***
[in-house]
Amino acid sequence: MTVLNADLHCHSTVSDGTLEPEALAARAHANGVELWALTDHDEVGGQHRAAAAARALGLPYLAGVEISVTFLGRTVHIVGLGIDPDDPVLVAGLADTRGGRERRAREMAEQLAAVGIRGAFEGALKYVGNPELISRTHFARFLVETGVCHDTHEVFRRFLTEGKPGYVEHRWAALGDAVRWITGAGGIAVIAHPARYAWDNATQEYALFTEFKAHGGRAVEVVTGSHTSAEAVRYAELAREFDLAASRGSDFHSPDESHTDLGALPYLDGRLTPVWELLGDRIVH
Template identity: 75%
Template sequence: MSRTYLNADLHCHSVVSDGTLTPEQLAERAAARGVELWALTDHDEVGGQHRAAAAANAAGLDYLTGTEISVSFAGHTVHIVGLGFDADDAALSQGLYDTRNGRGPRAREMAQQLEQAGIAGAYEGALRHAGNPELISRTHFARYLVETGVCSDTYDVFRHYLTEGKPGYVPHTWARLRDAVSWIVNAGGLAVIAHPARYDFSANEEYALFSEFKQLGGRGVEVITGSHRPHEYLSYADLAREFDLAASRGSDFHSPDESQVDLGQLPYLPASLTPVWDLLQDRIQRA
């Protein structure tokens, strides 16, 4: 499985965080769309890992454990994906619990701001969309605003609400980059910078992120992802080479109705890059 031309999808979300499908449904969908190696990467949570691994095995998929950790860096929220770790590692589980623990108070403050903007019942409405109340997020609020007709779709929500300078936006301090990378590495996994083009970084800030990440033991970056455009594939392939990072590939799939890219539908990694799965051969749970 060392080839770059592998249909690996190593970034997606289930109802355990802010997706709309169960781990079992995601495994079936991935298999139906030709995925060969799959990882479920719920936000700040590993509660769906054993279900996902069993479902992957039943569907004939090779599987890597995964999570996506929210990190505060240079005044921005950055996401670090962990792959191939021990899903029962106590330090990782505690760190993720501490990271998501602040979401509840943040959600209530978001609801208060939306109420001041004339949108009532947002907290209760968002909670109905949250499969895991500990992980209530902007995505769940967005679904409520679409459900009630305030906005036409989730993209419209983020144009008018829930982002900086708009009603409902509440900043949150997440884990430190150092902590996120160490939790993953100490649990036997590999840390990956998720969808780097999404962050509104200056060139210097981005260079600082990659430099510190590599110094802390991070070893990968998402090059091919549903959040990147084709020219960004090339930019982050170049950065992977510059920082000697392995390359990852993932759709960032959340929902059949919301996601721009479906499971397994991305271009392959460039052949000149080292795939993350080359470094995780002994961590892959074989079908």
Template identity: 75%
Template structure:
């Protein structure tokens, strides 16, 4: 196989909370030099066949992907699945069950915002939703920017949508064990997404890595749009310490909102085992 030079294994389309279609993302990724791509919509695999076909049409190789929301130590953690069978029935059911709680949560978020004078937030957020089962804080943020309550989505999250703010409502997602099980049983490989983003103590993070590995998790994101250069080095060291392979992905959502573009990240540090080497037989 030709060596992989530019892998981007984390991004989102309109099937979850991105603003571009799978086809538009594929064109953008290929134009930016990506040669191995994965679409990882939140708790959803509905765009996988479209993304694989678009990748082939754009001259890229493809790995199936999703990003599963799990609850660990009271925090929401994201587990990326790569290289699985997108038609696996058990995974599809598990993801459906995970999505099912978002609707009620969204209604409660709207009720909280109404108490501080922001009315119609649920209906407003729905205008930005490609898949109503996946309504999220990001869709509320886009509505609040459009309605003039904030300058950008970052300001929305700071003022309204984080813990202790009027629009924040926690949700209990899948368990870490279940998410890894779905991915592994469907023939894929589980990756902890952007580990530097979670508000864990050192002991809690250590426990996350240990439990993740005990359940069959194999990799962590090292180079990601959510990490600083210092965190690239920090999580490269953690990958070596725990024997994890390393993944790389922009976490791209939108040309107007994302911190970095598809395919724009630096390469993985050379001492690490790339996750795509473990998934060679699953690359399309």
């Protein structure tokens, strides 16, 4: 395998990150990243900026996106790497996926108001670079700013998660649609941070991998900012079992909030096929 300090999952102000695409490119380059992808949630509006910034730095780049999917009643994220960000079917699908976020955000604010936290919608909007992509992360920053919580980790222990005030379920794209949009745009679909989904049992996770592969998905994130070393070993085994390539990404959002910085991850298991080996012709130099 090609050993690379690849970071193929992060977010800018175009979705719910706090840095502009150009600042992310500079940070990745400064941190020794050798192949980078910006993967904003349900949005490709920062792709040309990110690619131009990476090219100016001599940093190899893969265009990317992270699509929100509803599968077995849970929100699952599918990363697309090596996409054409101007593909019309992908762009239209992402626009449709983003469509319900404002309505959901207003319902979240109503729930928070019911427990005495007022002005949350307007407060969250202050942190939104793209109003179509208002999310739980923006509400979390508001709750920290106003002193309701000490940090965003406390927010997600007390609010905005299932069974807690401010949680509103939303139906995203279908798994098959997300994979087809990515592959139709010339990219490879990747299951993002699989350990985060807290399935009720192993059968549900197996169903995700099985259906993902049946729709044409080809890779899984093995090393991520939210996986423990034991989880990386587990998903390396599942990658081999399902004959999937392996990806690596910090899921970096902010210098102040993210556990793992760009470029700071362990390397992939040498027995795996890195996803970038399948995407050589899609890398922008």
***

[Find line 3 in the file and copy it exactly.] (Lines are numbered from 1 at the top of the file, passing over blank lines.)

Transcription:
Template identity: 75%